peace rose

On 26, Sep 2011 | No Comments | In roses | By All Year Garden

One of the things I like most about this rose is that no two flowers are ever the same. Through the years I have seen a full range of warm pastels: the lightest butter, almost white petals with rose tinged edges, honey yellow, blush rose. Read more…

the incredible edible rose

On 22, May 2011 | No Comments | In roses | By All Year Garden

And the winner of the first rose to bloom this year award is….Hansa! This beautiful rugosa is an all year blessing to the garden: in spring it blooms profusely sporting pinkish purple flowers with a mixture of old rose and clove fragrance. Once the bloom fades, big round rose hips form. In the fall the foliage turns coppery orange and in the winter the ripe bright orange rose hips are quite striking against the snow.

Hansa is a cold weather rose, hardy to zone 3. It tends to dislike hot weather and does better in the northern regions, where it is extremely disease resistant. It is not a patented rose and you can get an entire flower bed worth of it over one winter. I started a cutting last fall and it rooted immediately. I couldn’t make an accurate assessment on the success rate for starting this rose from cuttings, but of all the roses I tried this was the one that seemed to root effortlessly. For additional information about how to start roses from cuttings, see the “Take Rose Cuttings” article.

Like all rugosas it has a wide and kind of unruly growth habit perfect for filling an empty spot at the back of a sunny border. It grows 5 to 7 feet tall, so make sure to plant it in a location where that would be a feature.

As you probably know, roses are cousins with apples, plums and raspberries, and definitely edible. The rose hips are a rich source of vitamin C and have a pleasant tart tangy flavor, reminiscent of cranberries. They can not be eaten raw, because the rose seeds are imbedded in a thick mat of itchy fiberglass like filaments, but the fruit can be boiled and strained and used in syrups, jellies and teas. The strained fruit pulp and juice mixed with honey makes for a delicious breakfast treat.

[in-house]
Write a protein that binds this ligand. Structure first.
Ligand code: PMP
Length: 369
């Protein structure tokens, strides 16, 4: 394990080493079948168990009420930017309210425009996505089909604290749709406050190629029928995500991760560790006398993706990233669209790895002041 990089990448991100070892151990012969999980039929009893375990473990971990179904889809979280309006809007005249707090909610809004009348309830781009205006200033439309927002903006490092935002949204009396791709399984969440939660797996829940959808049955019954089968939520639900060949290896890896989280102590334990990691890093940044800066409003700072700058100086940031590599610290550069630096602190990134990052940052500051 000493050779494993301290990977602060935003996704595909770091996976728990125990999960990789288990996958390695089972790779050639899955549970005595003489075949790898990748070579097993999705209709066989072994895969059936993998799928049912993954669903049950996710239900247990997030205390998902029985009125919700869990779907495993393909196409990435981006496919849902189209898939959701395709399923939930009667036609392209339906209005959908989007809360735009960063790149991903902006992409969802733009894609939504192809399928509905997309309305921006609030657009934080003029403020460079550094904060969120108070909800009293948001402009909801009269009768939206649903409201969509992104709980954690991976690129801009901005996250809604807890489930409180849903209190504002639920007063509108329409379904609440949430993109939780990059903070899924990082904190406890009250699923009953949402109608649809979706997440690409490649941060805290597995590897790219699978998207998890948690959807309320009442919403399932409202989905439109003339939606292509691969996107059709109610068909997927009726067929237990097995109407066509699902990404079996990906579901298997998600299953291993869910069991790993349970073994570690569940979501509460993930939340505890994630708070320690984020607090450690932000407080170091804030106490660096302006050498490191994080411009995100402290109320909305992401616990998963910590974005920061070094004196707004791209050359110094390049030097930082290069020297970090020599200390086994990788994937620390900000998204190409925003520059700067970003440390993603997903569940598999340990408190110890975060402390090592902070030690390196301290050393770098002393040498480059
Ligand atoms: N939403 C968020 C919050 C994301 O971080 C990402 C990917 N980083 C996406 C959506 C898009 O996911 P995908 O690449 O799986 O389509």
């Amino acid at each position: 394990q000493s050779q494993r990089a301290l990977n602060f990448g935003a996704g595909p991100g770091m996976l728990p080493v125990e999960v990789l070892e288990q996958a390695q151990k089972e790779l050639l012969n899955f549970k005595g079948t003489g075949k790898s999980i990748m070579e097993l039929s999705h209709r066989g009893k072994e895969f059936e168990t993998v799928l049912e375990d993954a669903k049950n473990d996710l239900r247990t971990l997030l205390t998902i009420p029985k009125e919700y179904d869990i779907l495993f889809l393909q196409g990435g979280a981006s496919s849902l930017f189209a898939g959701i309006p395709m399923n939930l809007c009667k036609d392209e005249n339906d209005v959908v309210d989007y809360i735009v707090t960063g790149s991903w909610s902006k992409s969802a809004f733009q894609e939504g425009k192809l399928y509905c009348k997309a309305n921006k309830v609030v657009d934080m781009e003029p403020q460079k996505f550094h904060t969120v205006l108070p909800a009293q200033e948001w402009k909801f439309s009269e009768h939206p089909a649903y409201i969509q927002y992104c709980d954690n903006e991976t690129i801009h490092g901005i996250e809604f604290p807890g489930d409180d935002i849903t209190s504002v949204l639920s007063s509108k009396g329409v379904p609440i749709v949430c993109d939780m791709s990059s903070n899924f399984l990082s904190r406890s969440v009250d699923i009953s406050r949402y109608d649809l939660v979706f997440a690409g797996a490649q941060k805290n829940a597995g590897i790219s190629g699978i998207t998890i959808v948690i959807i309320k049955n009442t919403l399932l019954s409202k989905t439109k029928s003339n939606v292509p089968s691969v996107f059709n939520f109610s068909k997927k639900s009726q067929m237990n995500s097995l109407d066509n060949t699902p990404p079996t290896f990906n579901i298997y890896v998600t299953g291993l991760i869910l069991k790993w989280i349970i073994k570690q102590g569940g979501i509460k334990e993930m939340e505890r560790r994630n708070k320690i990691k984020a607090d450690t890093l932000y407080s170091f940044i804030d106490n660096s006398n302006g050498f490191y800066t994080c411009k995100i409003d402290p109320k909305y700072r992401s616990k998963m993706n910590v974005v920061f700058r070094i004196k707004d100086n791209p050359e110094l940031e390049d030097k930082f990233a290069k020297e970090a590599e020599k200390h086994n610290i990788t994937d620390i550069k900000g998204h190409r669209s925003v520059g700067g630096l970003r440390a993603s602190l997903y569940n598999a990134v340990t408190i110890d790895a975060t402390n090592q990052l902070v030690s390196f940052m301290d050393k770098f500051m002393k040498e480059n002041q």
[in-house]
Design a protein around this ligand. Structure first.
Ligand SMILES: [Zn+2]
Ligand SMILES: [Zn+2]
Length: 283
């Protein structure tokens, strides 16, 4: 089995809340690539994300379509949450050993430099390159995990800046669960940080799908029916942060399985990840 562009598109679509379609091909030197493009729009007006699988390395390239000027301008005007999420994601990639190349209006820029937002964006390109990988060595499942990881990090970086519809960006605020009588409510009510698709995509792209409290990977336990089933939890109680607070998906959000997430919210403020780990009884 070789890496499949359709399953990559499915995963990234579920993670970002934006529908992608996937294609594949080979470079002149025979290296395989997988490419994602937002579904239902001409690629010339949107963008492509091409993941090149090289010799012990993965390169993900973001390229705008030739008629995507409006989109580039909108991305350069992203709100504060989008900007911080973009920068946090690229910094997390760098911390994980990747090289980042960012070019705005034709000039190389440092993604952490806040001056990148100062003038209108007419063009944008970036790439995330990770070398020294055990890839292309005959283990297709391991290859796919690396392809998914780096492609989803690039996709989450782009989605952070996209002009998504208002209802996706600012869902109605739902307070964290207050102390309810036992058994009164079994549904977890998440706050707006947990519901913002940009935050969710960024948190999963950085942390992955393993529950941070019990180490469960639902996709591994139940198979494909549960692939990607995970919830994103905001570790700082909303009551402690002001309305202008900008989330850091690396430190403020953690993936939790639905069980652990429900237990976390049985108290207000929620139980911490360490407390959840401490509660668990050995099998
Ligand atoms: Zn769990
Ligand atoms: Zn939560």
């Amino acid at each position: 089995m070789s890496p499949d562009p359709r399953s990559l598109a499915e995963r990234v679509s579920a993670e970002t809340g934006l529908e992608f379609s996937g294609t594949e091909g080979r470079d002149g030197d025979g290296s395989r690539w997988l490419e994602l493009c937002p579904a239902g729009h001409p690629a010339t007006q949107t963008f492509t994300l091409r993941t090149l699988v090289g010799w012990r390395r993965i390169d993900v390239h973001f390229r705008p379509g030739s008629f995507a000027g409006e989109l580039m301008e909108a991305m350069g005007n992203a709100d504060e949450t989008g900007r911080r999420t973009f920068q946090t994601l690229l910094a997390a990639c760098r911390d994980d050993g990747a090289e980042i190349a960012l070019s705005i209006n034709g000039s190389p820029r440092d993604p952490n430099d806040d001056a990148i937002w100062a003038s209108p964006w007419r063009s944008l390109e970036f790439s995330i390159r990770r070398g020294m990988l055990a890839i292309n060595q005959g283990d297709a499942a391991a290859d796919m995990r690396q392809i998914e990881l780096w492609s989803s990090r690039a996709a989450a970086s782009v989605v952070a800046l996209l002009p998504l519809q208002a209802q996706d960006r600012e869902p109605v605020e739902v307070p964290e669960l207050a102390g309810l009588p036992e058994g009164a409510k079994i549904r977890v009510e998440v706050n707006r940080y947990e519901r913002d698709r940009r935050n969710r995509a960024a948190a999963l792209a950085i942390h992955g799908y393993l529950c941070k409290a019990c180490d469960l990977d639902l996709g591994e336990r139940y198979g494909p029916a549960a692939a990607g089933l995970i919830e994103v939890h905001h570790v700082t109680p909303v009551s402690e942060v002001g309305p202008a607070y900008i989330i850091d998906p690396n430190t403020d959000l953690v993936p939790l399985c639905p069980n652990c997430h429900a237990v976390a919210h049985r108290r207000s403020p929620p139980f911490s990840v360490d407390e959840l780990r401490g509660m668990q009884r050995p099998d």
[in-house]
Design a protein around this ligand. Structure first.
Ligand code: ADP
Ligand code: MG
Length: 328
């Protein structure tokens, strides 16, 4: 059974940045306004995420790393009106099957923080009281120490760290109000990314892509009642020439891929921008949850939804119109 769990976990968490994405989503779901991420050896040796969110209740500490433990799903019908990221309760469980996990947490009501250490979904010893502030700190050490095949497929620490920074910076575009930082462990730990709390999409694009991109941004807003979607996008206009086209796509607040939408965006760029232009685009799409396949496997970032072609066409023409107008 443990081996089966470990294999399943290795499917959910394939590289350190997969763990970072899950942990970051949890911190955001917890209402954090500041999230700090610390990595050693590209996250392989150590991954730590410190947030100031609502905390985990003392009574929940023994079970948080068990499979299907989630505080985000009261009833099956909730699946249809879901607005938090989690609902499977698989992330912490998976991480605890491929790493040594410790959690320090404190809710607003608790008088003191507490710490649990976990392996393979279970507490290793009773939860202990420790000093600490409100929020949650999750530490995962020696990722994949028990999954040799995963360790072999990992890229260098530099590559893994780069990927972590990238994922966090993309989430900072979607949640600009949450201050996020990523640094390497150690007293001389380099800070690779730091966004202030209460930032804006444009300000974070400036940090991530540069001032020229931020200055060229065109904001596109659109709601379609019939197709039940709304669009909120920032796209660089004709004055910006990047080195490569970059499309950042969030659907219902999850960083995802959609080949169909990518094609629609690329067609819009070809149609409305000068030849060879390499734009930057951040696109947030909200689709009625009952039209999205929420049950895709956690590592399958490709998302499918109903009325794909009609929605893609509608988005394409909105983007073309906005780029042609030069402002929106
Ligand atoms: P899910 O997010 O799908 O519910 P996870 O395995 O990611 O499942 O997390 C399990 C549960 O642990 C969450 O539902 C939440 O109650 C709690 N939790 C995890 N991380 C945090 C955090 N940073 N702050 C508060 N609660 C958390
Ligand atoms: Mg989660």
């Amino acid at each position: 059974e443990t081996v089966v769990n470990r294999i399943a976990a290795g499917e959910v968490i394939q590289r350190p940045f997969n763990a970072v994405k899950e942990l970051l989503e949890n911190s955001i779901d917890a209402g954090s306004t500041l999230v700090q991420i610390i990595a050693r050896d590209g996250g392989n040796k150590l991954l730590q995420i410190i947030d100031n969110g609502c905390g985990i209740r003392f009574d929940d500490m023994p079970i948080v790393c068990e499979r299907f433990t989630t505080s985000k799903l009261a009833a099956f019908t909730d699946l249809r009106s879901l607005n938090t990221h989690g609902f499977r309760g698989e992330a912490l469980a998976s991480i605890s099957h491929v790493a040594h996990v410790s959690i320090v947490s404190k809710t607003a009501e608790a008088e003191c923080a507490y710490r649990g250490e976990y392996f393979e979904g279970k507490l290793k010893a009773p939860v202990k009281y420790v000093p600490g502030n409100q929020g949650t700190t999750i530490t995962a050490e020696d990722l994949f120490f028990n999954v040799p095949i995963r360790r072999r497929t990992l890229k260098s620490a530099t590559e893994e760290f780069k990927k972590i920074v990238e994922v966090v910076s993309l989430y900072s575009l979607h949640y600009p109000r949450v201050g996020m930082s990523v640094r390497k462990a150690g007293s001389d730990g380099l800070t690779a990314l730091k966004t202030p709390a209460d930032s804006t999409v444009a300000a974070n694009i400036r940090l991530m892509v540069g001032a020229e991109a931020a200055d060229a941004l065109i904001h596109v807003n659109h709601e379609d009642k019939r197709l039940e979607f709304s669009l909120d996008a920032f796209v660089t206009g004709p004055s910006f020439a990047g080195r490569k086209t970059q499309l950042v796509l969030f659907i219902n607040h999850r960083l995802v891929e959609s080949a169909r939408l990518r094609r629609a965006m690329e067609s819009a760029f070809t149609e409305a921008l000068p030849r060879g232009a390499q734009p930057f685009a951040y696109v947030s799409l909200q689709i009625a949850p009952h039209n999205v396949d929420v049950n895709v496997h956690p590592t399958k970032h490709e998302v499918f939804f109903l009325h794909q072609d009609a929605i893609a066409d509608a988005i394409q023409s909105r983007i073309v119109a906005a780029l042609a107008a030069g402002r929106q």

The coloring of rose hip jam (bright jewel red or orange) and its tartness makes it a prime ingredient for dessert baking. It is particularly decorative in pastries with many thin layers or as a healthy and natural coloring for frosting. Here is the recipe:

Rose Hip Jam

– 1 lb of prepared rose hips

– 1 cup of water

– 3 1/2 cups of sugar

Prepare the rose hips by cutting them across and scooping out the seeds and filaments. Wash them well and set them to simmer with one cup of water for at least 20 minutes, until they are very soft. Press the mixture through a very thick sieve and/or a cheesecloth.

Add about 3 1/2 cups of sugar to 1 lb of rose hip pulp and simmer as you would any jam to obtain the proper consistency ( the jam needs to thicken until a droplet dropped on a cold plate keeps its shape).

Let it cool down, pour into sterilized jars and enjoy.